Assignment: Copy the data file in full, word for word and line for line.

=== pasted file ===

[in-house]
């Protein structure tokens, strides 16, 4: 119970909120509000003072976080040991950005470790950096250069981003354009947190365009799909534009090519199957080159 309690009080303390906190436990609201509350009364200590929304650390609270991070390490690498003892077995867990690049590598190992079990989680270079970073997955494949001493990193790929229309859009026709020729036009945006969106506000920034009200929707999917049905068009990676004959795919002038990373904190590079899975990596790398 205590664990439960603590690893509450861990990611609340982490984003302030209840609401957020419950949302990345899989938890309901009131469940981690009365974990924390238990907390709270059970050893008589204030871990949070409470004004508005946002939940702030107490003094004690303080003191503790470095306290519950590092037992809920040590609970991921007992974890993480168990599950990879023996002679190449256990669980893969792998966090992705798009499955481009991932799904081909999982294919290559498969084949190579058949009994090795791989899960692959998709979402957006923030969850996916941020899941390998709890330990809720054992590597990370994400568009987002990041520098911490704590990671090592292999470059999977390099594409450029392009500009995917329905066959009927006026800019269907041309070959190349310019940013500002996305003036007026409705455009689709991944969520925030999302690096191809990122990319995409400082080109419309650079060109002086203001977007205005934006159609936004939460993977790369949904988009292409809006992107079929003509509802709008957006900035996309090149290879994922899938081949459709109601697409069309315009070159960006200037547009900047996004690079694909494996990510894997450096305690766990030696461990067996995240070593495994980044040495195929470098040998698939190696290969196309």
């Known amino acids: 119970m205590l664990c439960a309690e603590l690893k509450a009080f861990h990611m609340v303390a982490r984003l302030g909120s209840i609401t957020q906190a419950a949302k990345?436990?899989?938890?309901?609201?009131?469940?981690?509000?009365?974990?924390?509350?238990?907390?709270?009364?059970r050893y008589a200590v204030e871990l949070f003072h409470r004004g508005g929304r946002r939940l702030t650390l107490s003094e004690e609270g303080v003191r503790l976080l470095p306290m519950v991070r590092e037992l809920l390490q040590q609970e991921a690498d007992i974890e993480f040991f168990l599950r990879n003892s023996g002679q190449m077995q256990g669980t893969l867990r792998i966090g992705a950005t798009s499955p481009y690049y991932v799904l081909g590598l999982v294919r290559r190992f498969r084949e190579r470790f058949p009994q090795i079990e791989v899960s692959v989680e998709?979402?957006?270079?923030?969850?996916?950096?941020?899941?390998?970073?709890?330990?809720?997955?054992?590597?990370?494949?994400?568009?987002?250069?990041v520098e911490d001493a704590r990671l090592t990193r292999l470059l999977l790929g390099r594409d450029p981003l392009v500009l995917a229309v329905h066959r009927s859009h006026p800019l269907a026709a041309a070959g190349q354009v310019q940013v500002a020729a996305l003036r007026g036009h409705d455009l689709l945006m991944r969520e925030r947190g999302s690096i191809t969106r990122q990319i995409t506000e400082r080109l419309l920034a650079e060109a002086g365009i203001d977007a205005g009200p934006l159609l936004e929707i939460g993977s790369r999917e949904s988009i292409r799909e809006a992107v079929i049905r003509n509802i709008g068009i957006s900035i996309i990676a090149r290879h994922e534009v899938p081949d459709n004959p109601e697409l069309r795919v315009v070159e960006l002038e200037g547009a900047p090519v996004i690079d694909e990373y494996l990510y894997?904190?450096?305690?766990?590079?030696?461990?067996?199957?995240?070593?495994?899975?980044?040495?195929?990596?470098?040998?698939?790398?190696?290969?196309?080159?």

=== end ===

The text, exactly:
[in-house]
């Protein structure tokens, strides 16, 4: 119970909120509000003072976080040991950005470790950096250069981003354009947190365009799909534009090519199957080159 309690009080303390906190436990609201509350009364200590929304650390609270991070390490690498003892077995867990690049590598190992079990989680270079970073997955494949001493990193790929229309859009026709020729036009945006969106506000920034009200929707999917049905068009990676004959795919002038990373904190590079899975990596790398 205590664990439960603590690893509450861990990611609340982490984003302030209840609401957020419950949302990345899989938890309901009131469940981690009365974990924390238990907390709270059970050893008589204030871990949070409470004004508005946002939940702030107490003094004690303080003191503790470095306290519950590092037992809920040590609970991921007992974890993480168990599950990879023996002679190449256990669980893969792998966090992705798009499955481009991932799904081909999982294919290559498969084949190579058949009994090795791989899960692959998709979402957006923030969850996916941020899941390998709890330990809720054992590597990370994400568009987002990041520098911490704590990671090592292999470059999977390099594409450029392009500009995917329905066959009927006026800019269907041309070959190349310019940013500002996305003036007026409705455009689709991944969520925030999302690096191809990122990319995409400082080109419309650079060109002086203001977007205005934006159609936004939460993977790369949904988009292409809006992107079929003509509802709008957006900035996309090149290879994922899938081949459709109601697409069309315009070159960006200037547009900047996004690079694909494996990510894997450096305690766990030696461990067996995240070593495994980044040495195929470098040998698939190696290969196309």
């Known amino acids: 119970m205590l664990c439960a309690e603590l690893k509450a009080f861990h990611m609340v303390a982490r984003l302030g909120s209840i609401t957020q906190a419950a949302k990345?436990?899989?938890?309901?609201?009131?469940?981690?509000?009365?974990?924390?509350?238990?907390?709270?009364?059970r050893y008589a200590v204030e871990l949070f003072h409470r004004g508005g929304r946002r939940l702030t650390l107490s003094e004690e609270g303080v003191r503790l976080l470095p306290m519950v991070r590092e037992l809920l390490q040590q609970e991921a690498d007992i974890e993480f040991f168990l599950r990879n003892s023996g002679q190449m077995q256990g669980t893969l867990r792998i966090g992705a950005t798009s499955p481009y690049y991932v799904l081909g590598l999982v294919r290559r190992f498969r084949e190579r470790f058949p009994q090795i079990e791989v899960s692959v989680e998709?979402?957006?270079?923030?969850?996916?950096?941020?899941?390998?970073?709890?330990?809720?997955?054992?590597?990370?494949?994400?568009?987002?250069?990041v520098e911490d001493a704590r990671l090592t990193r292999l470059l999977l790929g390099r594409d450029p981003l392009v500009l995917a229309v329905h066959r009927s859009h006026p800019l269907a026709a041309a070959g190349q354009v310019q940013v500002a020729a996305l003036r007026g036009h409705d455009l689709l945006m991944r969520e925030r947190g999302s690096i191809t969106r990122q990319i995409t506000e400082r080109l419309l920034a650079e060109a002086g365009i203001d977007a205005g009200p934006l159609l936004e929707i939460g993977s790369r999917e949904s988009i292409r799909e809006a992107v079929i049905r003509n509802i709008g068009i957006s900035i996309i990676a090149r290879h994922e534009v899938p081949d459709n004959p109601e697409l069309r795919v315009v070159e960006l002038e200037g547009a900047p090519v996004i690079d694909e990373y494996l990510y894997?904190?450096?305690?766990?590079?030696?461990?067996?199957?995240?070593?495994?899975?980044?040495?195929?990596?470098?040998?698939?790398?190696?290969?196309?080159?």